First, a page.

Fashion overstock box labelled

5 sustainable solutions to fashion overstock in 2022

Almost every designer we work with has the same challenge – how to tackle fashion overstock without devaluing their brand or harming the environment.

It’s an especially big challenge for smaller brands who, unlike fast-fashion conglomerates, don’t have the soaring margins and deep pockets to justify selling their stock at rock-bottom prices to liquidators like Otrium or Designer Brand Box.

Googling ‘how to reduce overstock’ will dig up plenty of articles touting a range of overstock-reduction techniques, from investing in inventory management systems to smart-sales strategies. Unfortunately, what’s harder to find are sustainable solutions for how to manage any overstock that you DO have – because even the most diligent inventory management system can’t eliminate overstock altogether.

So let’s take a look at just that – sustainable solutions to fashion overstock in 2022.

What is fashion overstock?

Before we jump into our sustainable solutions, let’s explore the concept of overstock for a moment. 

Overstock means having an excess of unsold stock sitting in storage, driving up your storage expenses, and cutting into your profit margins. Globally, around 20% of clothing remains unsold each year out of more than 100 billion pieces.

What contributes to overstock? Well, whilst poor inventory management is a factor, the two main drivers of overstock are:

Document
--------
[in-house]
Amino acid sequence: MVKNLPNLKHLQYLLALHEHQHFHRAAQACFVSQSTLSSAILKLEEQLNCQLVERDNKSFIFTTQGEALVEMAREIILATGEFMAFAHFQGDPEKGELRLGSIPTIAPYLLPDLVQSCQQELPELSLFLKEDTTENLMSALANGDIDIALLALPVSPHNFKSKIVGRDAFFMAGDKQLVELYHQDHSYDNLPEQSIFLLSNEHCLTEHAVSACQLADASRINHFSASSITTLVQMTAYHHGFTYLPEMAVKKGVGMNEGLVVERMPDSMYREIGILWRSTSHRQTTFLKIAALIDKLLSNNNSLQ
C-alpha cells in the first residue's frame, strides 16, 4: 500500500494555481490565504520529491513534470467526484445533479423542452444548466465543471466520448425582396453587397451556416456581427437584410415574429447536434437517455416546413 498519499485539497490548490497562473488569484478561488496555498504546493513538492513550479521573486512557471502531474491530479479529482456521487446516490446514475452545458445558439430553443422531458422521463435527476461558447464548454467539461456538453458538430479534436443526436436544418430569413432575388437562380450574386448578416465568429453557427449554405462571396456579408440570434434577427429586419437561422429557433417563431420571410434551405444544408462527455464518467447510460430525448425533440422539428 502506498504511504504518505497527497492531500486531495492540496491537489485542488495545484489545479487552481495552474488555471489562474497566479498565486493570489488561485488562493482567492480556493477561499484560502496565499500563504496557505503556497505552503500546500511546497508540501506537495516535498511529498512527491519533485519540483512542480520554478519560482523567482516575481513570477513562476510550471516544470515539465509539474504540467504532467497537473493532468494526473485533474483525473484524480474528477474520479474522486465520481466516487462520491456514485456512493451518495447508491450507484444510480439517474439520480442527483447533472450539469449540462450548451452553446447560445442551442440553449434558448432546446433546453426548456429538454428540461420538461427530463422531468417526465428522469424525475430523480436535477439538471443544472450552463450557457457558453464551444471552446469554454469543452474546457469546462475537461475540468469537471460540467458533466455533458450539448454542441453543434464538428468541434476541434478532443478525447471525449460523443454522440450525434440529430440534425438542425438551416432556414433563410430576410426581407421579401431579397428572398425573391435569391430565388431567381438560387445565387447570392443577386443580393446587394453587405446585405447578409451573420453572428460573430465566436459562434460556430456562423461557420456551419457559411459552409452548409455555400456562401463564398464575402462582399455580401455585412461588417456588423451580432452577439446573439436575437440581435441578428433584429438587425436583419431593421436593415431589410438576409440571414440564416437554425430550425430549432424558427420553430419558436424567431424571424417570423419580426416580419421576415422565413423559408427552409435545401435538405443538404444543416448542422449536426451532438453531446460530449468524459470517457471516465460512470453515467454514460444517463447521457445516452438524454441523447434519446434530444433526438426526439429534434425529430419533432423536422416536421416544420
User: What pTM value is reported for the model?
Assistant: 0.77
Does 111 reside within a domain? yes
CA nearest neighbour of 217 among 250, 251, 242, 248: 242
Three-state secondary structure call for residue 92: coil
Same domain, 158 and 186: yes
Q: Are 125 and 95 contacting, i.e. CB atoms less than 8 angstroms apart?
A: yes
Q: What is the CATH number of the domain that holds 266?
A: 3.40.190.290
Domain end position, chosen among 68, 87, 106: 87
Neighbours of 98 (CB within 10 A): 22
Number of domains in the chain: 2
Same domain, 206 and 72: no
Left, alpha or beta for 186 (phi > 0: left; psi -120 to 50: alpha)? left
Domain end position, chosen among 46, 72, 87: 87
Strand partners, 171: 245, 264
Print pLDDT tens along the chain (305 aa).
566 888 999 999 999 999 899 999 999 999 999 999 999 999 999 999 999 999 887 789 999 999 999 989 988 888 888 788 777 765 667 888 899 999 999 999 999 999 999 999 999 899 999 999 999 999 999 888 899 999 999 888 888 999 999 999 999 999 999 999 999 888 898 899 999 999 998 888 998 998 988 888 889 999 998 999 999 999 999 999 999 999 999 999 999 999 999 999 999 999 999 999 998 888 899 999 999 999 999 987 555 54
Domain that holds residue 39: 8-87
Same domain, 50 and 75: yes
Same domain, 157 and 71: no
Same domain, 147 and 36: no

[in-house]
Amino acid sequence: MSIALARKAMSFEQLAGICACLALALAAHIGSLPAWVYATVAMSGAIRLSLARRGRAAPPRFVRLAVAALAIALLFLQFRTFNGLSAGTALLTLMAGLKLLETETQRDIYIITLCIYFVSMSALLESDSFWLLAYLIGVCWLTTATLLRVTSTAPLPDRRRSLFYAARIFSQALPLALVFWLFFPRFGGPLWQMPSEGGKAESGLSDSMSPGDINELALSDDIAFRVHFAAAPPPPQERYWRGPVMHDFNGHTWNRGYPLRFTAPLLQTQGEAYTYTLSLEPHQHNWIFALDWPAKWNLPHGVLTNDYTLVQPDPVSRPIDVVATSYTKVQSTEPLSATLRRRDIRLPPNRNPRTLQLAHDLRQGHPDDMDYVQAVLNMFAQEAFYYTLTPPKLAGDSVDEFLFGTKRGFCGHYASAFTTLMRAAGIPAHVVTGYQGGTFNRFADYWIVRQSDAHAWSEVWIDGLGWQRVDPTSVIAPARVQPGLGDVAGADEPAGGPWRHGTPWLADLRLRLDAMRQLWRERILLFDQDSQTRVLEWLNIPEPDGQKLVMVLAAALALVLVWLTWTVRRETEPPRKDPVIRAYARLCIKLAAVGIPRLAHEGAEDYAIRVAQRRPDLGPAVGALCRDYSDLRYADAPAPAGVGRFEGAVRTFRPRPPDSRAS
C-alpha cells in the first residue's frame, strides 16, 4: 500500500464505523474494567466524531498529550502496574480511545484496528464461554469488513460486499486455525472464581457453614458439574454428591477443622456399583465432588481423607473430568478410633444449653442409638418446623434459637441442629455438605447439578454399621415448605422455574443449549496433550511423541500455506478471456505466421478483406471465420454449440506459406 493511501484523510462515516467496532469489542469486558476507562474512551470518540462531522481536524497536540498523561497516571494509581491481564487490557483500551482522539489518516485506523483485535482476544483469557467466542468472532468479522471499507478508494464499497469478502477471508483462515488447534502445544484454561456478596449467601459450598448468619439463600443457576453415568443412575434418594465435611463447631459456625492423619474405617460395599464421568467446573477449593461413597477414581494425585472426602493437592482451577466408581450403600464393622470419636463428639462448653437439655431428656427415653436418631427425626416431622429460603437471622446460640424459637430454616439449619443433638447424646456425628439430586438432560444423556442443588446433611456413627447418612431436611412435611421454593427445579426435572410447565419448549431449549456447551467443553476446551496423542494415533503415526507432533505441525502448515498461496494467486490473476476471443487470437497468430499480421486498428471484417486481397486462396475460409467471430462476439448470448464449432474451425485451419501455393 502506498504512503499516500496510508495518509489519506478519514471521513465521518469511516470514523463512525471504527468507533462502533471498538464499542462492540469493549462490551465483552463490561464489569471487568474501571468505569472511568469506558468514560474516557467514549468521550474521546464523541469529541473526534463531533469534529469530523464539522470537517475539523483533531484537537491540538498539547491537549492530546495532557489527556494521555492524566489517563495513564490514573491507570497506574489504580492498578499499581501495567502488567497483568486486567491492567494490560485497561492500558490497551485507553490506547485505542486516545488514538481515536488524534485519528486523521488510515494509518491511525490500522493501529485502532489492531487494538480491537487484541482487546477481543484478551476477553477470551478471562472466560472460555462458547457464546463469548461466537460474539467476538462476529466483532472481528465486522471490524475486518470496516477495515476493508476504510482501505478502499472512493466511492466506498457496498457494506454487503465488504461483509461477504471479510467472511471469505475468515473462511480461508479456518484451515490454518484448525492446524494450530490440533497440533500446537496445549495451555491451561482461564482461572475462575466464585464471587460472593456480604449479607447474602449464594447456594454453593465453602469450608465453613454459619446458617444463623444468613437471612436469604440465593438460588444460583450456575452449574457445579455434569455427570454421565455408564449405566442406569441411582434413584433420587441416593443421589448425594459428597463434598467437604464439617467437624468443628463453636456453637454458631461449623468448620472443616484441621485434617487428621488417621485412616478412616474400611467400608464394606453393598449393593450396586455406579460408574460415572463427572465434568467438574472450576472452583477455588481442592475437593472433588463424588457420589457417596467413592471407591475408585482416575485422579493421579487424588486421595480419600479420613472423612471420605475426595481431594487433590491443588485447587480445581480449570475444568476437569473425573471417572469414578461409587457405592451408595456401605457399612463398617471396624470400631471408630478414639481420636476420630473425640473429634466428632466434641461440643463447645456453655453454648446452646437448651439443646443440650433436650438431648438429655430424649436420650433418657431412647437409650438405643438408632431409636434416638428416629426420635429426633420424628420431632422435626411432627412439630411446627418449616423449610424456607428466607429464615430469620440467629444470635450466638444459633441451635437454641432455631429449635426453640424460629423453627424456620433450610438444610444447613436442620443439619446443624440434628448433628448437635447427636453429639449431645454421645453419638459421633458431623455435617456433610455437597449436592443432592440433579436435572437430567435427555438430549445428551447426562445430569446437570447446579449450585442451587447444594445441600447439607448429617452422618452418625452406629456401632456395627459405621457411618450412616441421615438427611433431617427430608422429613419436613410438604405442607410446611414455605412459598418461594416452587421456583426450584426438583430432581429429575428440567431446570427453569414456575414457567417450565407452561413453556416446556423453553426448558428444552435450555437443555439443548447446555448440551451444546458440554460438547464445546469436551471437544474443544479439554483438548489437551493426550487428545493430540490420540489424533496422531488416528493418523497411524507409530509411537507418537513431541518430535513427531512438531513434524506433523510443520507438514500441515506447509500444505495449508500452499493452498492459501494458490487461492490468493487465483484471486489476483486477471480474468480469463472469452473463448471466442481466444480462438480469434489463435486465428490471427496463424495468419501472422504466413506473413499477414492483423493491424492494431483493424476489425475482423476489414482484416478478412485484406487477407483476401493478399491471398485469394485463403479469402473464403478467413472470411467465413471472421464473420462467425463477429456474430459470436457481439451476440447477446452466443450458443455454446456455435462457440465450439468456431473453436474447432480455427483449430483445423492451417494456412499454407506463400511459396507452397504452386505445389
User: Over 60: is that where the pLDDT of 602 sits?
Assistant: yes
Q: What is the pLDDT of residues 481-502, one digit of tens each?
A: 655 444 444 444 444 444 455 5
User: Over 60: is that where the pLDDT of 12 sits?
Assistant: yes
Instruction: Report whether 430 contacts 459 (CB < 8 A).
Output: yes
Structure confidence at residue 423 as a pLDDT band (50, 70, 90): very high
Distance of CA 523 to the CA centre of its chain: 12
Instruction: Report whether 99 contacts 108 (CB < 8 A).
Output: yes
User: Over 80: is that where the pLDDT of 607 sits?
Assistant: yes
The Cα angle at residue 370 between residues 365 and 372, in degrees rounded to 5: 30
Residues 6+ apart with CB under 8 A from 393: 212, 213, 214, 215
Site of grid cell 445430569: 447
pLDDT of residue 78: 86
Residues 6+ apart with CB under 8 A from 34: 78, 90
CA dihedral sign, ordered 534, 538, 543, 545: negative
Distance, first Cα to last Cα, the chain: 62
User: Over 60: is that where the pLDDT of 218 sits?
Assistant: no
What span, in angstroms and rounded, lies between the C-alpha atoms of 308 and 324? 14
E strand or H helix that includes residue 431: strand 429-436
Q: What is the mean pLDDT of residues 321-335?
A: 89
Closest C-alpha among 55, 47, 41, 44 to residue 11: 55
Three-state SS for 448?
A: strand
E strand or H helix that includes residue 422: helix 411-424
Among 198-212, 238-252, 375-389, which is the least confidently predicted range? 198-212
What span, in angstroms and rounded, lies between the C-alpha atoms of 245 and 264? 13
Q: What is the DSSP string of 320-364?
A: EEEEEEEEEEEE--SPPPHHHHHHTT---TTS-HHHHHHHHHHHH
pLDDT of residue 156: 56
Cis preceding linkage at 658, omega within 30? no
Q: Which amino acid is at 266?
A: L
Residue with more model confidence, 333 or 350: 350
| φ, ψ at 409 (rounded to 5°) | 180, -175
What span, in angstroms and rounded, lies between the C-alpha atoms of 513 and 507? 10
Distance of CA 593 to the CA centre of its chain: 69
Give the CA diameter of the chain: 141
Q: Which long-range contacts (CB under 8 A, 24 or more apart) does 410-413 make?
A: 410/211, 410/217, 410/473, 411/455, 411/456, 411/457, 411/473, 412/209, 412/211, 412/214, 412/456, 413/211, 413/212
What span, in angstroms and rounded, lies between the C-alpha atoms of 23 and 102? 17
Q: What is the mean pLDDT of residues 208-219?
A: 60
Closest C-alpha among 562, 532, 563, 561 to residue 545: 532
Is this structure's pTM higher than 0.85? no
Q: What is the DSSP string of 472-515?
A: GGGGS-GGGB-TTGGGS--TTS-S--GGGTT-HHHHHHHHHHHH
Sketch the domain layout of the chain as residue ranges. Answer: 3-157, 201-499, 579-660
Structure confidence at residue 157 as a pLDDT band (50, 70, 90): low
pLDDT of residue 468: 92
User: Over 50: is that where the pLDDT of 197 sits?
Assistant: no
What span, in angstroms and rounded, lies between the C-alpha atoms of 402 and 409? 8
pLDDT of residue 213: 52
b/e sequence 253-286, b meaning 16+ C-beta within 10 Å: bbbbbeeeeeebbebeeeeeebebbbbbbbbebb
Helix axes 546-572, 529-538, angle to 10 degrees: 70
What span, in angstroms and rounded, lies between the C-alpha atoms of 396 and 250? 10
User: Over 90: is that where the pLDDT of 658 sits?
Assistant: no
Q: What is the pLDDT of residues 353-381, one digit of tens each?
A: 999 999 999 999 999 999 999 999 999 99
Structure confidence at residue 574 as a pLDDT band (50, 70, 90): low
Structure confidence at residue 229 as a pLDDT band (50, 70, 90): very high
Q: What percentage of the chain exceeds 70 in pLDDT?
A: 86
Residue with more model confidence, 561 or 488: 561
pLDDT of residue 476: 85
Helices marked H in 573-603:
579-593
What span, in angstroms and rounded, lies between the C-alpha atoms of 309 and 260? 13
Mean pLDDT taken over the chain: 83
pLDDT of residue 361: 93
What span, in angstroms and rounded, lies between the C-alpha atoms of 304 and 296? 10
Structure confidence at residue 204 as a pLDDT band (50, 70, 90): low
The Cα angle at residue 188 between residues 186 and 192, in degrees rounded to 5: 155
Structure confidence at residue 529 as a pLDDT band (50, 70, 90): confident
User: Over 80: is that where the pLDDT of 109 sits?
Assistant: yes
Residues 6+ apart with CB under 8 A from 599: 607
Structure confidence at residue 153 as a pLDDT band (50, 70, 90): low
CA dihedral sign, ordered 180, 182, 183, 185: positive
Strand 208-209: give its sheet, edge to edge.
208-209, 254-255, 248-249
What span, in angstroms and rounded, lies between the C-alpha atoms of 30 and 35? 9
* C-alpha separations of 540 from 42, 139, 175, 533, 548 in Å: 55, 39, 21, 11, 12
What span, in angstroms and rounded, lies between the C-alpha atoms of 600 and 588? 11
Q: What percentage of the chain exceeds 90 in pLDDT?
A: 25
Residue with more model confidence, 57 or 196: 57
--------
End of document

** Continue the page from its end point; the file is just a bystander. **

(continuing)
Brands fear they may miss out on revenue due to inventory depletion – so they over-order.

Ordering too few of an item usually results in a low-profit margin. Traditionally, a minimum number of items need to be ordered to ensure a piece is profitable. This often pushes brands to over-order.

Why sustainable fashion overstock solutions?

A 2021 World Economic Forum report identified the fashion industry, and its supply chain, as the world’s third largest polluter (after food and construction). In the past, well-known brands including Burberry, H&M, and Urban Outfitters have been called out for electing to burn millions of euros of stock as a solution to their overstock woes. Not only is this obscenely wasteful, but it’s also incredibly harmful to the environment, and entirely avoidable. 

Sustainable solutions can help you realize new revenue from unsold pieces, contribute to under-resourced communities, positively impact the way people perceive your brand, and reduce the fashion industry’s waste footprint.

#1 Launch a limited edition collaboration

Feeling creative? Follow Funktion Schnitt’s example and turn your overstock into a limited edition collection.

In 2018, the contemporary German brand launched ‘Re:Cycled: The Overstock Collection’ as a creative solution to their overstock challenges. Funktion enlisted the help of up-and-coming designers to put a fresh spin on pieces from previous seasons – creating a whole new collection with sustainability at its heart.

The Overstock Collection was a fantastic initiative for two reasons; not only did it help Funktion Schnitt reduce overstock, but it also gave opportunities for young designers to showcase their skills.

#2 Contribute your overstock to the future of fashion

The future of the fashion industry lies in the hands of would-be designers attending design schools all over the world. Why not use your overstock to contribute to the growth and development of their talent?

There are two great ways you can do this:

For education